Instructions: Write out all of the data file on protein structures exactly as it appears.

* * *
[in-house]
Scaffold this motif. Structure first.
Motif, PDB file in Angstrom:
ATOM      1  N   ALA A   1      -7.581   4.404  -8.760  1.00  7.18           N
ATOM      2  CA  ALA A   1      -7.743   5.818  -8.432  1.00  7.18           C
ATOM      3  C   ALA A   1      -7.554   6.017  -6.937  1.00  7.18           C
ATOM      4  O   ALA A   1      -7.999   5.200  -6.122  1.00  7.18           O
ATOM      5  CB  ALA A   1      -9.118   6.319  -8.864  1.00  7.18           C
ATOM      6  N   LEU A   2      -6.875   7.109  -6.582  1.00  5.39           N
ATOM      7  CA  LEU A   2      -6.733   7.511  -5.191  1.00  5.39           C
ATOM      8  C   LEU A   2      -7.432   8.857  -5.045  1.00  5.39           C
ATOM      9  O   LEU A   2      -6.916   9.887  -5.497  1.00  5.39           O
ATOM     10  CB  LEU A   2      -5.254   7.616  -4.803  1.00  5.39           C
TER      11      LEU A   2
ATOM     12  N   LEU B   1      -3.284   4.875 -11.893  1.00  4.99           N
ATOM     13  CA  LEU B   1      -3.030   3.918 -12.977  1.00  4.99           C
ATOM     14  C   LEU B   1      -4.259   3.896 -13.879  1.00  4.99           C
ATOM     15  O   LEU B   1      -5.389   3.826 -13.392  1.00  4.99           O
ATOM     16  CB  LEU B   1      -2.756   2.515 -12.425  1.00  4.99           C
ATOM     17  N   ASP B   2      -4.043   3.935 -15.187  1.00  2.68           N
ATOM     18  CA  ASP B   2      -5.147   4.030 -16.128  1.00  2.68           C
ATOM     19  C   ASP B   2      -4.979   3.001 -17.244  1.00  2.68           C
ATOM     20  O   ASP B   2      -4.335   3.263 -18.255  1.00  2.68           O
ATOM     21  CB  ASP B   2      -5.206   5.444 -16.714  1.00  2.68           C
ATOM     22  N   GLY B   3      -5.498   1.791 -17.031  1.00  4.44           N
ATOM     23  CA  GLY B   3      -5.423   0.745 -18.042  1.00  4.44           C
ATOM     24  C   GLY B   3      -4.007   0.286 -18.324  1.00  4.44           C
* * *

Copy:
[in-house]
Scaffold this motif. Structure first.
Motif, PDB file in Angstrom:
ATOM      1  N   ALA A   1      -7.581   4.404  -8.760  1.00  7.18           N
ATOM      2  CA  ALA A   1      -7.743   5.818  -8.432  1.00  7.18           C
ATOM      3  C   ALA A   1      -7.554   6.017  -6.937  1.00  7.18           C
ATOM      4  O   ALA A   1      -7.999   5.200  -6.122  1.00  7.18           O
ATOM      5  CB  ALA A   1      -9.118   6.319  -8.864  1.00  7.18           C
ATOM      6  N   LEU A   2      -6.875   7.109  -6.582  1.00  5.39           N
ATOM      7  CA  LEU A   2      -6.733   7.511  -5.191  1.00  5.39           C
ATOM      8  C   LEU A   2      -7.432   8.857  -5.045  1.00  5.39           C
ATOM      9  O   LEU A   2      -6.916   9.887  -5.497  1.00  5.39           O
ATOM     10  CB  LEU A   2      -5.254   7.616  -4.803  1.00  5.39           C
TER      11      LEU A   2
ATOM     12  N   LEU B   1      -3.284   4.875 -11.893  1.00  4.99           N
ATOM     13  CA  LEU B   1      -3.030   3.918 -12.977  1.00  4.99           C
ATOM     14  C   LEU B   1      -4.259   3.896 -13.879  1.00  4.99           C
ATOM     15  O   LEU B   1      -5.389   3.826 -13.392  1.00  4.99           O
ATOM     16  CB  LEU B   1      -2.756   2.515 -12.425  1.00  4.99           C
ATOM     17  N   ASP B   2      -4.043   3.935 -15.187  1.00  2.68           N
ATOM     18  CA  ASP B   2      -5.147   4.030 -16.128  1.00  2.68           C
ATOM     19  C   ASP B   2      -4.979   3.001 -17.244  1.00  2.68           C
ATOM     20  O   ASP B   2      -4.335   3.263 -18.255  1.00  2.68           O
ATOM     21  CB  ASP B   2      -5.206   5.444 -16.714  1.00  2.68           C
ATOM     22  N   GLY B   3      -5.498   1.791 -17.031  1.00  4.44           N
ATOM     23  CA  GLY B   3      -5.423   0.745 -18.042  1.00  4.44           C
ATOM     24  C   GLY B   3      -4.007   0.286 -18.324  1.00  4.44           C